This article was written by American Land Recycling executive(s) and originally appeared in Right of Way magazine, International Right of Way
Association, May/June 2002 issue.
Under certain circumstances, a variance can facilitate the productive use of this and thousands of other idle properties across the United States, benefiting many different parties. The community benefits when jobs are created, taxes are generated, and the spread of blight is arrested. The owner benefits because of a return on his/her investment.
Right of Way Benefits
The Right of Way industry may be able to use variances to reduce the impact of condemnation, which often deprives owners of substantial portions of their property, leaving them with "fractional plots" not easily converted to productive use. These owners often institute litigation, seeking compensation for diminution in value suffered by the fractional plot not "taken." Wealth can be generated, and the overall cost of projects reduced, through the use of variances. If compensation is paid for the entire property, why shouldn't the condemning authority, or its successor in interest, be able to productively use the two disparate properties resulting from the condemnation? This includes the portion taken for a highway, utility corridor or pipeline. It also includes the portion that remains, or the "condemnation remainder."
Right of way owners often confront zoning barriers which bar their ability to use properties productively. Several avenues of relief are open to those whose development plans exceed their rights. Relief may be sought through an attempt to rezone the property, which requires the assent of the local legislature. Alternatively, adminstrative relief may be available through a variance or a special permit issued by a board of adjustment or an administrative judge.
Hardship Must Relate to the Land
When zoning restrictions impose unnecessary hardship on a property, a variance, authorizing an otherwise prohiited use or providing relief from dimensional restrictions, may be available. The language of the Standard State Zoning Enabling Act directs the Board of Adjustment to issue a variance from the ordinance "as will not be contrary to the public interest, where owing to special conditions, a literal enforcement of the provisions of the ordinance will result in unnecessary hardship." Enabling legislation differs across the United States, particularly in respect of the "hardship" which must be adduced.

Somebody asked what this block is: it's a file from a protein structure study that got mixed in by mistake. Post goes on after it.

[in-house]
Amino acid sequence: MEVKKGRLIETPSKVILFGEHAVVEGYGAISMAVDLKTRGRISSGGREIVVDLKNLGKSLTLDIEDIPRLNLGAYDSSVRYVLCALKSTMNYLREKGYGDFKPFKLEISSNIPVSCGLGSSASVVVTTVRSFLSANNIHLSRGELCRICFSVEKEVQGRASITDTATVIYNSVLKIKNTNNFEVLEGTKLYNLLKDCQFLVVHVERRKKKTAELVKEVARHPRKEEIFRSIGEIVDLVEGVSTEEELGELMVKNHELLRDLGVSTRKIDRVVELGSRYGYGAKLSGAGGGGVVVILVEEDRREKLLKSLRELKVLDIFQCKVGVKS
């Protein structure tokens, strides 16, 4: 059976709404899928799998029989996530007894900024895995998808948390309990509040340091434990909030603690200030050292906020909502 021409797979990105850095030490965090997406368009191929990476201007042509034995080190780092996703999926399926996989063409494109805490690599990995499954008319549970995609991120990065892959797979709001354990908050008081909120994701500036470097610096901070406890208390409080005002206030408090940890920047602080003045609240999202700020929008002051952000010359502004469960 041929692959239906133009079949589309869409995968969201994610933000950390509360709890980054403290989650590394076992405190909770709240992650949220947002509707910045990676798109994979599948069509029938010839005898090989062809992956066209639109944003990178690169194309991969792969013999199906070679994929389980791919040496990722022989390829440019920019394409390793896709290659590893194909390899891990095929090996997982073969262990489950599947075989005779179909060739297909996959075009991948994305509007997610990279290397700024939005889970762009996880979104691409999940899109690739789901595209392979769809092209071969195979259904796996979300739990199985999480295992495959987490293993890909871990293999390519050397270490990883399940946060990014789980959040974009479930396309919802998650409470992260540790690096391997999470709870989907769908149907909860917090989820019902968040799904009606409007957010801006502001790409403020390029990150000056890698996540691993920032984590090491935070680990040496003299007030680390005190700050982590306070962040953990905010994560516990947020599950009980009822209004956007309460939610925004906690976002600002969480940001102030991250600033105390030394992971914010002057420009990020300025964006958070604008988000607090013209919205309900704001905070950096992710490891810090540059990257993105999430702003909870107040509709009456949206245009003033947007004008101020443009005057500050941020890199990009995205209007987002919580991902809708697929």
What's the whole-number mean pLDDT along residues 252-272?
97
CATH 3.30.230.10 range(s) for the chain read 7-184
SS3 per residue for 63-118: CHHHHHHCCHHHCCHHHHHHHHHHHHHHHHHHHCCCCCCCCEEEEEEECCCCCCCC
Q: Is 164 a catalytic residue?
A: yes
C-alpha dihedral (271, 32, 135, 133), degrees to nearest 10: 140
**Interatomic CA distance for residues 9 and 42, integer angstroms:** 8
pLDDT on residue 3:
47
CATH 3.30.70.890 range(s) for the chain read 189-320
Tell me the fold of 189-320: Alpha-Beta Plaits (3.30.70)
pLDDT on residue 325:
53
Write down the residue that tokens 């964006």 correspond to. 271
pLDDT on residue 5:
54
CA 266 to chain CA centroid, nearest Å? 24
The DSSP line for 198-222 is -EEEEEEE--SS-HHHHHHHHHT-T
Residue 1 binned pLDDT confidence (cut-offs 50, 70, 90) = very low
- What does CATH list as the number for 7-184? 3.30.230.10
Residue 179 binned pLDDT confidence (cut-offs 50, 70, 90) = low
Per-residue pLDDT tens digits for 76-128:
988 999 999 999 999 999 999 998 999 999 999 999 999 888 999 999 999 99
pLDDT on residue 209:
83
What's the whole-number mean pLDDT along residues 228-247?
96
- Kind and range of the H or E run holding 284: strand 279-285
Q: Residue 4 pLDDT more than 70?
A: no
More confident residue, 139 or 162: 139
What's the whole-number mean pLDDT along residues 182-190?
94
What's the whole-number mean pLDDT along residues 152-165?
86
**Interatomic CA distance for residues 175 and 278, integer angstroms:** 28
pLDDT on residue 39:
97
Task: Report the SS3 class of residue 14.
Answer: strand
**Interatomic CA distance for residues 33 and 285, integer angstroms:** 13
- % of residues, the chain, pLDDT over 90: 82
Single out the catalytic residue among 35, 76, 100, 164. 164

The hardship must relate to the land. Personal hardship is irrelevant. The basis for the variance must be that the land cannot yield an economically viable return because of its physical features in relation to the zoning ordinances.
Constitutional Zoning Rights
A few weeks ago, I spoke with attorney Sandy Lindenbaum, who practices law in New York City, and is perhaps best known for his representation of Donald Trump, Harry Helmsley, Carnegie Hall and the Guggenheim Museum. Lindenbaum likes to think of zoning variances as a type of regulatory safety valve. He believes that variances are needed because you simply cannot write a zoning code that applies to each and every property. This safety valve allows zoning to be constitutional.
A variance provides relief when unique hardship would be suffered if the zoning ordinance were strictly applied. The variance procedure exists, at least in part, to ensure that each property has the economically viable use guaranteed by the Fifth Amendment. Without the variance procedure, an ordinance depriving property of an economically viable use may be constitutionally confiscatory in its application.
Who Can Initiate Proceedings for a Variance?
The Legal Owner. Of course, the owner of a property has standing to pursue a variance.
The Equitable Owner of a Property. A prospective purchaser who has entered into an agreement to purchase a property is considered the equitable owner of that property. Equitable title passes to the buyer upon execution of the agreement; legal title is transferred at settlement. The equitable owner of a property generally has standing to pursue a variance.